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Friday, 5 May, 2000, 15:47 GMT 16:47 UK
Cleaning up the diamond badlands
UN colonel
The first UN peacekeepers to arrive in Sierra Leone were Kenyans
West Africa Correspondent Mark Doyle looks at the importance of diamonds as the first UN troops arrive in Sierra Leone.

Rich, green jungle covers the mountains around Daru, a small market town nestling in a fertile river valley in the east of Sierra Leone.

As I flew over the surrounding countryside by helicopter I saw the diamond mines - a moonscape of pits dug in dry riverbeds.

Hundreds of millions of dollars worth of diamonds, some of the best quality gemstones in the world, are mined here every year. It's low-tech mining - the diamonds are found close to the surface so men with guns employ labourers simply to dig holes and look for fabulous wealth.

Curse of diamonds

Sierra Leone's diamonds have been a curse on the country. Hardly any of the wealth has reached the ordinary people, who according to statistics are the poorest in the world.

Rather, the easy diamond pickings have encouraged the worst in human nature here, corrupted local politicians and drawn in all sorts of foreign adventurers and mercenaries, attracted like bees to a rancid honeypot.

And the diamonds have financed the war, which is to a large extent a conflict for the control of the mines and the money.

The UN has decided to deploy crack Gurkha troops from the Indian army in this most sensitive area of the country. A battalion of these peacekeepers, fresh from fighting insurgents in Kashmir, should arrive in the next few weeks. They will come in peace but it's surely no coincidence that the UN is sending some of its best troops into the rebel-held diamond region.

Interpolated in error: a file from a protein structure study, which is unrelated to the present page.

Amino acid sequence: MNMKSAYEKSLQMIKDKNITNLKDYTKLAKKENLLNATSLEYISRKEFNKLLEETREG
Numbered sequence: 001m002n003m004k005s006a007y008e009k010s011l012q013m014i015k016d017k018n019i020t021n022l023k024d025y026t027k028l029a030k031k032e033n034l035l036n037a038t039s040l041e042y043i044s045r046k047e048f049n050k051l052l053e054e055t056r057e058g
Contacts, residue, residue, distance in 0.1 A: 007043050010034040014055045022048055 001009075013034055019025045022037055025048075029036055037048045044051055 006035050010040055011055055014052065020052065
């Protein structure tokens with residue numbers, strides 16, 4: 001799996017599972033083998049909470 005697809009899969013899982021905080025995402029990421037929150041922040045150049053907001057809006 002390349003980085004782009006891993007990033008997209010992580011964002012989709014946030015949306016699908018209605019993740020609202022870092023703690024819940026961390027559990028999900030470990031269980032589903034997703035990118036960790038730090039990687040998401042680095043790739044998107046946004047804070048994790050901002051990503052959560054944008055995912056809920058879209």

Although, according to the UN, rebel commanders have agreed to the Gurkha move, these peacekeepers may well find their deployment resisted by armed men protecting their ill-gotten diamonds.

Test of resolve

It's almost inevitable that some group, some time soon, will test the determination of the UN force to keep the peace. It could be an ambush, it could be a kidnapping, it could be someone taking a pot shot at the UN.

Of course, none of the peacekeepers wants a clash to happen, but there's a private concensus among the UN soldiers that if it does happen here in the east the Indian Gurkhas will have to hit back decisively, as their mandate allows, to show who's boss. If they don't, then the UN could be humiliated and may as well pack its bags there and then, leaving Sierra Leoneans to their fate.

But for now there are already some positive signs as the unarmed military observers drive around Daru. Small boys shout friendly greetings and adults watch with fascination. One of the British officers is learning the local language - Mende - and he shouts greetings back, winning hearts and minds.

Because of the ceasefire, the little market place in Daru is thriving. A few commercial trucks have braved the bandit-infested roads to bring in consumer goods - salt, soap and toothpaste. I even saw some rebels in the market selling rice grown in the area they control.

But encouraging commerce and winning round Sierra Leonean civilians is a relatively easy step for the UN. Sierra Leone is highly dangerous place and the real test will be winning the respect of the men with guns. That test is likely to come in the diamond badlands of eastern Sierra Leone, and the men likely to face it will be Indian Gurkha troops.

Sierra Leone in crisis

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30 Nov 99 | Africa
12 Oct 99 | Asia-Pacific
13 Feb 99 | Africa
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